Given the pervasiveness of unwanted sexual and gender harassment, such actions need to include (unconscious and conscious) bias training for recruiters, hiring committees, but above all supervisors and (senior) management, which, in many cases, requires a paradigm shift in the culture of organizations, institutions and corporations. But it also requires actively supporting and promoting women in leadership positions, and, last but not least, closing the ‘pay differential.’

The Leadership Empowerment and Development (LEAD): Enriching Experiences for Women in Hematology and Oncology Conference, to be held October 4-5, 2019 at Loews Santa Monica Beach Hotel in Santa Monica, CA, will explore the most pertinent advances regarding women in medicine and oncology and will empower women physicians with a greater ability to navigate their careers and achieve leadership roles.

“Empowering women at the LEAD Conference is important because while there are many women in oncology, few rise to leadership positions,” explained Debra Patt, MD, MPH, MBA, a practicing oncologist and breast cancer specialist in Austin, Texas and an executive vice president of Texas Oncology with responsibilities in healthcare policy and strategic initiatives.

Beyond self-promotion
According to the organizers of the 2-day LEAD conference, women in medicine must promote each.  They also need to seek experienced (female) coaches and sponsors, and strive to craft their own legacy modeled after exemplary leaders in the field.  However, for such an approach to be effect change, it should go beyond self-promotion. Instead, such an approach should be based more on women in the field promoting other women.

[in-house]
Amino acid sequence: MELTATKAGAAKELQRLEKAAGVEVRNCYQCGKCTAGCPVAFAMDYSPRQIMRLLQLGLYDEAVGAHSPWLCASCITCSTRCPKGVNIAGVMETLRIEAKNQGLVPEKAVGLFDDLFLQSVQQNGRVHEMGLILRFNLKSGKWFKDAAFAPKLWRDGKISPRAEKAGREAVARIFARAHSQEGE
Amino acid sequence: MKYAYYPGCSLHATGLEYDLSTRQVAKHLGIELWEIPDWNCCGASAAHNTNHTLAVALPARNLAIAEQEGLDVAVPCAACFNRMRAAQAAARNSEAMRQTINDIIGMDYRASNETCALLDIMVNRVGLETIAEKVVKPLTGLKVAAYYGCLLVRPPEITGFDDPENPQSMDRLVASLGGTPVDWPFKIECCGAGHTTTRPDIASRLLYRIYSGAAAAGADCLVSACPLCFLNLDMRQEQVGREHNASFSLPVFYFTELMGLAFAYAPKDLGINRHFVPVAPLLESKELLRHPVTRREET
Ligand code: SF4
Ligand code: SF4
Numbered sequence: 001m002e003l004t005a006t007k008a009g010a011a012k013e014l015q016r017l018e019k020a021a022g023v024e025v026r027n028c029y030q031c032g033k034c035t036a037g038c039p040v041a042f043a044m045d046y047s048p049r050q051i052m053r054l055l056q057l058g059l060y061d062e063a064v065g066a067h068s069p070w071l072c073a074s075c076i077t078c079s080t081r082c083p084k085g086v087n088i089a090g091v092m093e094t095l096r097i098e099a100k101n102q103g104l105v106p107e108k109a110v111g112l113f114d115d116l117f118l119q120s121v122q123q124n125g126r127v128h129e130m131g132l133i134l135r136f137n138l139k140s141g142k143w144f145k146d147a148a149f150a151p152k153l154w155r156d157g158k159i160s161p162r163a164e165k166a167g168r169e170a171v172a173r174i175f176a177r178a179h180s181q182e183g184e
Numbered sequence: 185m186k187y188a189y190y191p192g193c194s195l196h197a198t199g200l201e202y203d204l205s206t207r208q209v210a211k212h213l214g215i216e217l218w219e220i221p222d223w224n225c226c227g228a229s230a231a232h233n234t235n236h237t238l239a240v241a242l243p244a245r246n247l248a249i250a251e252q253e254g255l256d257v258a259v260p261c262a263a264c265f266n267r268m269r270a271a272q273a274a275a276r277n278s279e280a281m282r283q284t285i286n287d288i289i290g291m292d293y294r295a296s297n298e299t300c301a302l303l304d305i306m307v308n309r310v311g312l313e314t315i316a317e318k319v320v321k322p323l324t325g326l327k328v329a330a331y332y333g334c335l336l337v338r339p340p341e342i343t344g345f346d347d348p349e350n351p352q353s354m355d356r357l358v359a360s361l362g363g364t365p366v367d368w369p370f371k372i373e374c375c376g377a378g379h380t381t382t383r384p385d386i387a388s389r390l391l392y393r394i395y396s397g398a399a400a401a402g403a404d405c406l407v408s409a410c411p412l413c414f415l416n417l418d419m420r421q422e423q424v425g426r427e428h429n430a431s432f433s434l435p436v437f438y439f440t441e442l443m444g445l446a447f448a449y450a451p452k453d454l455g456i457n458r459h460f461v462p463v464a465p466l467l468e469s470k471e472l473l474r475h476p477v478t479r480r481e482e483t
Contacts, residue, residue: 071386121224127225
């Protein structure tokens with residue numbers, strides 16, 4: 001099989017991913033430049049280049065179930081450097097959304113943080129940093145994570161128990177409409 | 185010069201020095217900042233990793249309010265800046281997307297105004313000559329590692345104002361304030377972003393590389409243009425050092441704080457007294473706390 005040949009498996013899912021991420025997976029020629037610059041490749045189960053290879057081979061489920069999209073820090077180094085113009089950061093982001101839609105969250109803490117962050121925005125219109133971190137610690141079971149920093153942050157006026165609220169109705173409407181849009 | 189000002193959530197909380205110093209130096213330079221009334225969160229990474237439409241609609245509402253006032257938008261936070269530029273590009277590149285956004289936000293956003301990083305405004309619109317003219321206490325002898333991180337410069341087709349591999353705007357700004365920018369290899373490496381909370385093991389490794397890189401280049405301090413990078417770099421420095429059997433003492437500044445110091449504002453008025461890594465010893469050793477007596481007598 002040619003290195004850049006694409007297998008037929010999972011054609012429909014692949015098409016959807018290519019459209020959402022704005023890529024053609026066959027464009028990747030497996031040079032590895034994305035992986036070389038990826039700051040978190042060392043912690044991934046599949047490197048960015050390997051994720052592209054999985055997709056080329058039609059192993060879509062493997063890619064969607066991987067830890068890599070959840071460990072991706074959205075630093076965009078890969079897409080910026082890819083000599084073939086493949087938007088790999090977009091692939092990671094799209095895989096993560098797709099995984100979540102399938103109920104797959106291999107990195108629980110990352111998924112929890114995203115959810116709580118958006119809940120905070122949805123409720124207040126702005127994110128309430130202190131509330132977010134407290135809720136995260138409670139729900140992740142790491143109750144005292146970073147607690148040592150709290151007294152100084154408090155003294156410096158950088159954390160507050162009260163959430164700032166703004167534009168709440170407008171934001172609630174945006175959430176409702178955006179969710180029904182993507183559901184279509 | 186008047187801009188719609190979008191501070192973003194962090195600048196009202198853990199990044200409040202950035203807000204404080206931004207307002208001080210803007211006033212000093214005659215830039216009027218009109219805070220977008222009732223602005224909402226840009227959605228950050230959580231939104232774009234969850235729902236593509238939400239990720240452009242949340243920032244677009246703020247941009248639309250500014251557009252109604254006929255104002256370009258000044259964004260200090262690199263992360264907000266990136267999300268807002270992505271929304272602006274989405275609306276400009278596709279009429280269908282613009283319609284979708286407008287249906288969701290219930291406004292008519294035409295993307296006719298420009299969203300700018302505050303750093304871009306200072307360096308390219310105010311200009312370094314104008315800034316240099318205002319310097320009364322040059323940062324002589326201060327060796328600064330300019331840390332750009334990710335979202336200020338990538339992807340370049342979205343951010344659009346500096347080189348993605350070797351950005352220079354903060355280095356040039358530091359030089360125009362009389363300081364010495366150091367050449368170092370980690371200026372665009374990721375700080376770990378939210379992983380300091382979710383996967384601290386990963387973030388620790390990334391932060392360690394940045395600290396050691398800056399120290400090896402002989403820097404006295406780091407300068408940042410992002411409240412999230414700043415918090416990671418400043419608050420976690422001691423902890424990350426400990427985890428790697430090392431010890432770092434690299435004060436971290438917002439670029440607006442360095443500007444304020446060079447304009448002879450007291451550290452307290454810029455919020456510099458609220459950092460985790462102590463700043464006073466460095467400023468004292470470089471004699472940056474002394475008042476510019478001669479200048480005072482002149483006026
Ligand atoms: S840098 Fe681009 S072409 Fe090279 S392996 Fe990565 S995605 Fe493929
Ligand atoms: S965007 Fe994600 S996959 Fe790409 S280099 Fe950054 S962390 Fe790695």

“We need to help each other to find balance in leadership and together reach shared goals and advance cancer care,” Patt observed.

Obstacles to leadership
Women in medicine, including oncology and hematology, often face obstacles to entering into leadership positions, including unconscious or conscious bias towards men, and a lack of professional support. The LEAD conference will focus on addressing challenges women face in the oncology and hematology fields, and identifying actionable strategies to overcome them.

The LEAD conference is expected to provide female healthcare professionals essential clinical updates, career development workshops, and professional networking opportunities.

Participants will leave the conference with skills and knowledge to empower themselves and other women to take on leadership roles, foster leadership opportunities, and seek and provide support among the community of women hematologists and oncologists. This will positively impact their medical practices, empower their care team members, and, ultimately, improve care for their patients.

“During our usual academic interactions, we often don’t have time or expertise sometimes to discuss the critical issues that women face in oncology,” explained Julie Vose, MD, MBA, co-chair of the LEAD Conference.

“This is a unique opportunity to interact with women in oncology from a variety of backgrounds and experiences,” she concluded.

The LEAD conference will be co-chaired by Julie Brahmer, MD, MSc; Nina Shah, MD; and Julie Vose, MD, MBA. The conference is certified by the University of Nebraska Medical Center, Center for Continuing Education and College of Nursing, Continuing Nursing Education Office for continuing education credits for physicians and contact hours for nurses.